The International Monetary Fund is pushing for a global price on carbon, and wants wealthier countries to pay a greater share of the costs.
The financial institution’s managing director Kristalina Georgieva has proposed an international carbon price floor to ensure “large emitters have compatible carbon pricing”.
Speaking at the COP26 climate conference in Glasgow, she argued that making carbon pricing equitable was crucial to keeping temperatures within 1.5 degrees of today’s levels.
She was “very attached to putting a price on carbon,” and wants prices to be dictated by development levels.
In her view, it was important to create an equivalency between development of a country, and the price they paid for carbon.
This means prices would be lower for low-income countries, higher for middle income countries, and “somewhat higher again” for rich economies.
Georgieva said: “We also want this international carbon price floor to be pragmatic. We believe that a carbon tax is the best way to go. It is most efficient.”
The IMF managing director believed that the price needed to reach $75 a ton or more to be meaningful but the “not-so good news” is that the average global price of carbon is around $3 per tonne.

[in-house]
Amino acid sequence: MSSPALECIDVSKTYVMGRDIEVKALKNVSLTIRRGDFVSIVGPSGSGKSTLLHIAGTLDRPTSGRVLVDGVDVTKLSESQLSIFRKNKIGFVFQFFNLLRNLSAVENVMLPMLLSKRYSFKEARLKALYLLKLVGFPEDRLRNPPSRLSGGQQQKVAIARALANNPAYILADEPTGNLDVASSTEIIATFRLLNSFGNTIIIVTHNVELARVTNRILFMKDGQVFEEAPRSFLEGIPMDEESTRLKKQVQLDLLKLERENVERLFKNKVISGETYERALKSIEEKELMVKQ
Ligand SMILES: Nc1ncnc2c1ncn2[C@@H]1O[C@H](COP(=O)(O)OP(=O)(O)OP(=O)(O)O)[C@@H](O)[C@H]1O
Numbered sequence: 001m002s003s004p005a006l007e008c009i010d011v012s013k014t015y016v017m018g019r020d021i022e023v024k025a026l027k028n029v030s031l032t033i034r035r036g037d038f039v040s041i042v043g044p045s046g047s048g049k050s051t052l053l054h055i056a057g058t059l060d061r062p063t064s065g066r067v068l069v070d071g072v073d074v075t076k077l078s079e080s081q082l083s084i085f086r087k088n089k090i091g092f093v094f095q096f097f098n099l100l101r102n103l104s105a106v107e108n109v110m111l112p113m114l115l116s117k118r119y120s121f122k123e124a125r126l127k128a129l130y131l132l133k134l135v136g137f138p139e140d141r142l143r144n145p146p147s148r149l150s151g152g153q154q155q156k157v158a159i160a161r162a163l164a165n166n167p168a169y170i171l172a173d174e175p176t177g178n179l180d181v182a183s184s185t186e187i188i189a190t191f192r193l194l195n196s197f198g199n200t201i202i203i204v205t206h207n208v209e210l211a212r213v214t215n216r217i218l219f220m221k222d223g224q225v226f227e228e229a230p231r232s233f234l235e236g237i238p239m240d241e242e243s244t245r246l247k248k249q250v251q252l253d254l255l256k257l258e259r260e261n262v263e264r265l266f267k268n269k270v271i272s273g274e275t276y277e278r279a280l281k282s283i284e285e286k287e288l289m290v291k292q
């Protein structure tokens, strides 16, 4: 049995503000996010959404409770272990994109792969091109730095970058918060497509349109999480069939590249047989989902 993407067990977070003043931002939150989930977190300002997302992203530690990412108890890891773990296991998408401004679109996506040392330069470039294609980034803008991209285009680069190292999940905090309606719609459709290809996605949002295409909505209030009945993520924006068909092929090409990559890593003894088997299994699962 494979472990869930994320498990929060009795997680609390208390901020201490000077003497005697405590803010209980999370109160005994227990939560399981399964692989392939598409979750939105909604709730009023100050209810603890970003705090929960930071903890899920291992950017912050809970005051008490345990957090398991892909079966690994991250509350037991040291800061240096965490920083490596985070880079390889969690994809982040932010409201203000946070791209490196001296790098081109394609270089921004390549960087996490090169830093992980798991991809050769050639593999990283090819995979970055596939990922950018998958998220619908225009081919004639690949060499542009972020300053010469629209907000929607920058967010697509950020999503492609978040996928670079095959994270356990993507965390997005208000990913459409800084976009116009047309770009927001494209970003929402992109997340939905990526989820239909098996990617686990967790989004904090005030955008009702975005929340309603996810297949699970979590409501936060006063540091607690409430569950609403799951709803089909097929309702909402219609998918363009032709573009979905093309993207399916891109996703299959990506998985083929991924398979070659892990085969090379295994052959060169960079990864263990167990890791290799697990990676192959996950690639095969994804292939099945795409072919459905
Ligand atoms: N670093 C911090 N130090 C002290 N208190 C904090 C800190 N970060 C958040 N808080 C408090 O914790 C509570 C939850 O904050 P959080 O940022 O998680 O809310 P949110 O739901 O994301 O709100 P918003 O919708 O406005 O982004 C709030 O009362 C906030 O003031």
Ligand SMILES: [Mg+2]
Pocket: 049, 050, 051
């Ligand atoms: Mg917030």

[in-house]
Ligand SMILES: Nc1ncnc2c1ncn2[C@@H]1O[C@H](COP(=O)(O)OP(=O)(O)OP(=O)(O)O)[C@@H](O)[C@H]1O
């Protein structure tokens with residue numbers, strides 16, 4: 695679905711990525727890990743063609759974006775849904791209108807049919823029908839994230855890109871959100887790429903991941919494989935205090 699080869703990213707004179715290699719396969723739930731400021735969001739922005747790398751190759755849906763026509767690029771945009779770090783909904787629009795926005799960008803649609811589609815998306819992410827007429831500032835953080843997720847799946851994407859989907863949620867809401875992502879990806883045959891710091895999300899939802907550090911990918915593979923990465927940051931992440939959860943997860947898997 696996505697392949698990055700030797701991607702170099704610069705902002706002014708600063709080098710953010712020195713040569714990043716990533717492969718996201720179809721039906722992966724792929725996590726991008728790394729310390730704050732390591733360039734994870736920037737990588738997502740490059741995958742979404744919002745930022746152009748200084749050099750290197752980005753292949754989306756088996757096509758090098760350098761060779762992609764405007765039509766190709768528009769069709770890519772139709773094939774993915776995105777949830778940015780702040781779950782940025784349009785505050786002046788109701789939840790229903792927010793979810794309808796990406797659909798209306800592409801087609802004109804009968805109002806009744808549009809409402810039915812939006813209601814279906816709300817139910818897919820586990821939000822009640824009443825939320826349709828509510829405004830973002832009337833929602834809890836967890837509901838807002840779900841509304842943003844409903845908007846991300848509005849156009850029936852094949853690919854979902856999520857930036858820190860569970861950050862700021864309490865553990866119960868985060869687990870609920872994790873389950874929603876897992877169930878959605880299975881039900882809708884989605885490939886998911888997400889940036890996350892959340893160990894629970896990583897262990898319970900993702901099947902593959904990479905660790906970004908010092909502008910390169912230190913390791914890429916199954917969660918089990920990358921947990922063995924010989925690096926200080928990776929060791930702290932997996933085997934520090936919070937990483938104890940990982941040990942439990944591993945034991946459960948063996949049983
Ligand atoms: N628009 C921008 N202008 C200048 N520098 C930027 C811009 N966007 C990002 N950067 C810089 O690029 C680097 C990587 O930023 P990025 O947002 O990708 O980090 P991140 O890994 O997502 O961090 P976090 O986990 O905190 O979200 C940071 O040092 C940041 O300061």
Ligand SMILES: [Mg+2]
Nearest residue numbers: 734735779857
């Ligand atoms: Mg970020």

She praised Uurguay’s introduction of carbon prices at $120 a tonne, and the European Union’s Emissions Trading System.
However, she warned that without unified global action, there will have to be “border adjustment mechanisms” that would make trading more difficult.
Georgieva explained: “That would be a huge headache. And it would be also much less efficient than if we all move to adopt a carbon price regime with equivalencies that make it work.”
While carbon pricing would be controversial and cause initial economic difficulties, she believed the measures would deliver “incentives for innovation.”